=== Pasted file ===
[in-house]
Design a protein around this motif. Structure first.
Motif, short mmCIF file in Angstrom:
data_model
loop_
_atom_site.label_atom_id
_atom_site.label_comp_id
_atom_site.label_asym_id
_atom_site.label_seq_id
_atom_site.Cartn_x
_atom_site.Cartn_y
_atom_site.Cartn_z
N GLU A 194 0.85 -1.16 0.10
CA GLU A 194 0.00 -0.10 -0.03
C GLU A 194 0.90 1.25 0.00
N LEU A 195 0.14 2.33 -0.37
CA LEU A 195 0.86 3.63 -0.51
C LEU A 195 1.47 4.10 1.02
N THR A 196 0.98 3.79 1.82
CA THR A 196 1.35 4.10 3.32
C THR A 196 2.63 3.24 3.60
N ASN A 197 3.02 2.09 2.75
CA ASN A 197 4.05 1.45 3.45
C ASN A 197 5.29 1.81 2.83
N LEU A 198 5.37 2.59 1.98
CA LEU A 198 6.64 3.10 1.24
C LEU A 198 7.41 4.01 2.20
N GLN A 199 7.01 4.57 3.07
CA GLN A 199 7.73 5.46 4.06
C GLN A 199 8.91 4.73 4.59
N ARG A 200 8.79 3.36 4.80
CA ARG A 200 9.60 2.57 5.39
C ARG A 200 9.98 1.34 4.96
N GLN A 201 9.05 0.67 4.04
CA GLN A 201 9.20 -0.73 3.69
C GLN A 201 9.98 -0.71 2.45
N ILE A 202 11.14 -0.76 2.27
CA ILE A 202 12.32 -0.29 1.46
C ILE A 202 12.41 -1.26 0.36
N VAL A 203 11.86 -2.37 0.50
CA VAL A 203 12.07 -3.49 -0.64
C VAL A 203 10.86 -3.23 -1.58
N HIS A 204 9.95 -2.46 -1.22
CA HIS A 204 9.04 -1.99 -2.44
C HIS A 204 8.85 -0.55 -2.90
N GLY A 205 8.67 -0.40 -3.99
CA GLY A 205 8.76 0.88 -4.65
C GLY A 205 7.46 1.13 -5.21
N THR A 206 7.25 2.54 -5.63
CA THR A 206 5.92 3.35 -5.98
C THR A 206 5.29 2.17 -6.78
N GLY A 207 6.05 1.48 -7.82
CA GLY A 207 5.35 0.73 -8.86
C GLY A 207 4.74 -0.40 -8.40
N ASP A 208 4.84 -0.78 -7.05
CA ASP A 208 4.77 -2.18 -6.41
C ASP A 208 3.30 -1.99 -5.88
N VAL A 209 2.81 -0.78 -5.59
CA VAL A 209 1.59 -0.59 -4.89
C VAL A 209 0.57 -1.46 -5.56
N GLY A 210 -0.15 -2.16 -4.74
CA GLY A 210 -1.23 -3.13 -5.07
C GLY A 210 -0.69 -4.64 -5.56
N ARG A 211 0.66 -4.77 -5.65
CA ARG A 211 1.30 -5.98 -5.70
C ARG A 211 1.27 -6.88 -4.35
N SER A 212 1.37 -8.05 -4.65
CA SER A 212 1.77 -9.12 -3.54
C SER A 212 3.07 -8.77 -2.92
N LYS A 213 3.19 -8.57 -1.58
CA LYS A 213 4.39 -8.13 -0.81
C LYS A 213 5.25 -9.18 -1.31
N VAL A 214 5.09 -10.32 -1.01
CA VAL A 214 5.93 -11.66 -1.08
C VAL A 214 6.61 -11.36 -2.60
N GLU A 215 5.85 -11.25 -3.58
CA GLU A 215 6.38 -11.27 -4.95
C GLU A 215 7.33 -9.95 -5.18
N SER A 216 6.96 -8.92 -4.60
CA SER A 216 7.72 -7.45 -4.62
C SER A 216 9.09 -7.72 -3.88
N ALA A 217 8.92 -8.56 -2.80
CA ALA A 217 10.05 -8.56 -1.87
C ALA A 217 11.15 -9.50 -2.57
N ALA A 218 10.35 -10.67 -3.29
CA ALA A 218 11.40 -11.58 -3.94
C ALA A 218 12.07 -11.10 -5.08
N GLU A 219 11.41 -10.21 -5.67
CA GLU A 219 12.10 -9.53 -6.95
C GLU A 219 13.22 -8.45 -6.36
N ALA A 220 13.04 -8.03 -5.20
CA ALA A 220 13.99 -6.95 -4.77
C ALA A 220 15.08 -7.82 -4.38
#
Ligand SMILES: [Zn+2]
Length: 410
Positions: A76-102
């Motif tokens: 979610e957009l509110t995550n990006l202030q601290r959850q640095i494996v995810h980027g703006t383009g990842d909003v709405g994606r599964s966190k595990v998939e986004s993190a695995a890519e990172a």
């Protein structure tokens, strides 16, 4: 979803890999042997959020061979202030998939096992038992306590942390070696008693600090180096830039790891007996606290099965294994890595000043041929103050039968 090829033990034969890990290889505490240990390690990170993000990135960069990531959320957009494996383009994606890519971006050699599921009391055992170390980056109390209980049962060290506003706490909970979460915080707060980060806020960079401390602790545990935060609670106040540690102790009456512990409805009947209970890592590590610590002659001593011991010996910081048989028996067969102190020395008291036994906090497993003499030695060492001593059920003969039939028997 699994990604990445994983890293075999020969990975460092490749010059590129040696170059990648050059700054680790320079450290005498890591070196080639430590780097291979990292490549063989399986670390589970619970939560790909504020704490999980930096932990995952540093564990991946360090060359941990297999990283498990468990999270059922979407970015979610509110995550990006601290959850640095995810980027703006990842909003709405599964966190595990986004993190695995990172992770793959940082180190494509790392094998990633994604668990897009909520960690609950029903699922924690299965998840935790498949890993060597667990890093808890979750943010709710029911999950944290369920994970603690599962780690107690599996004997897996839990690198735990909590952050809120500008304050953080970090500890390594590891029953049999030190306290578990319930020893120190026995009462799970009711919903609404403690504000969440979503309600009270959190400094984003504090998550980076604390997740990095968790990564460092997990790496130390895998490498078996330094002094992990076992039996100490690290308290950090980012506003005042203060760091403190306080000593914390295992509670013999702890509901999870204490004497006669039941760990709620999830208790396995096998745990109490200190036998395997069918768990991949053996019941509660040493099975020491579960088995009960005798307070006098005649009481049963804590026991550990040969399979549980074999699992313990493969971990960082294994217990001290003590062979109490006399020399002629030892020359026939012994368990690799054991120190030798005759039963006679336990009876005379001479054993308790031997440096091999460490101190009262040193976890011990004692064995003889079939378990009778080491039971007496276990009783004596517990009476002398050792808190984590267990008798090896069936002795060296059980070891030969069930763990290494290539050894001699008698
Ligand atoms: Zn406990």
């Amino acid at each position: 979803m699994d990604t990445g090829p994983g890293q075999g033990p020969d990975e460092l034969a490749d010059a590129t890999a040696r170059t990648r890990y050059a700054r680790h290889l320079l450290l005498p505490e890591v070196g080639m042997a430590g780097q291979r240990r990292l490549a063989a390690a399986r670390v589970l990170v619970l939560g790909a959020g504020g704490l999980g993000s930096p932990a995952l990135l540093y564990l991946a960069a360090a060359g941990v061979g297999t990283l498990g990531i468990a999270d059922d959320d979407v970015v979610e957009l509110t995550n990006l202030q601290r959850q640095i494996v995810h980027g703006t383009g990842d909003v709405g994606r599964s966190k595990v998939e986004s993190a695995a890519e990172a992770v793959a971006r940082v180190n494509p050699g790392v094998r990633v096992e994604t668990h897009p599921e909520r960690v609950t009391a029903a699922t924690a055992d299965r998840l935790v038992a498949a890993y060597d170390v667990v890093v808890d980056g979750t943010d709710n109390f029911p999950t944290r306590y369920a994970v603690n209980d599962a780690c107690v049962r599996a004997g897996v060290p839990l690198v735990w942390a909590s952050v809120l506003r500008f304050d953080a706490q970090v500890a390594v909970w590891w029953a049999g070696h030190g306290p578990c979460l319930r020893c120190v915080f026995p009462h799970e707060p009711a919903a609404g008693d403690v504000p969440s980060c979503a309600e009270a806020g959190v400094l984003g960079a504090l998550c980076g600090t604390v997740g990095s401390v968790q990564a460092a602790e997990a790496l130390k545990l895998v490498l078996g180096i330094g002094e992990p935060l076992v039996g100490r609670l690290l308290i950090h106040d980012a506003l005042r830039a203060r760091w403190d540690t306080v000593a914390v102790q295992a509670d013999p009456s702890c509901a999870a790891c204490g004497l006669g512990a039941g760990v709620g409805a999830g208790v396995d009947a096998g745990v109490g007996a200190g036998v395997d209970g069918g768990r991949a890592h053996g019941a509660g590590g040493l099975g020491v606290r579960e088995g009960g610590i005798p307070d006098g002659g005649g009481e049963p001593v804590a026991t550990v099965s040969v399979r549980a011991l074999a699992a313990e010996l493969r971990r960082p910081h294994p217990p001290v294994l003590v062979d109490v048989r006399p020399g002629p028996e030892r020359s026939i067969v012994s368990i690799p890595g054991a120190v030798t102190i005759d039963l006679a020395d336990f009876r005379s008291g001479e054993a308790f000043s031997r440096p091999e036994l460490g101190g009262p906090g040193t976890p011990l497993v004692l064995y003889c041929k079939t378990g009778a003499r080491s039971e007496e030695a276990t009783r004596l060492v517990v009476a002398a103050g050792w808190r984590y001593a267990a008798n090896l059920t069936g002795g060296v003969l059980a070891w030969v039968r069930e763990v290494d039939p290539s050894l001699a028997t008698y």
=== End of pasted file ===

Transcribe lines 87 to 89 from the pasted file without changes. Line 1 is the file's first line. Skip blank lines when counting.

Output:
C ALA A 218 12.07 -11.10 -5.08
N GLU A 219 11.41 -10.21 -5.67
CA GLU A 219 12.10 -9.53 -6.95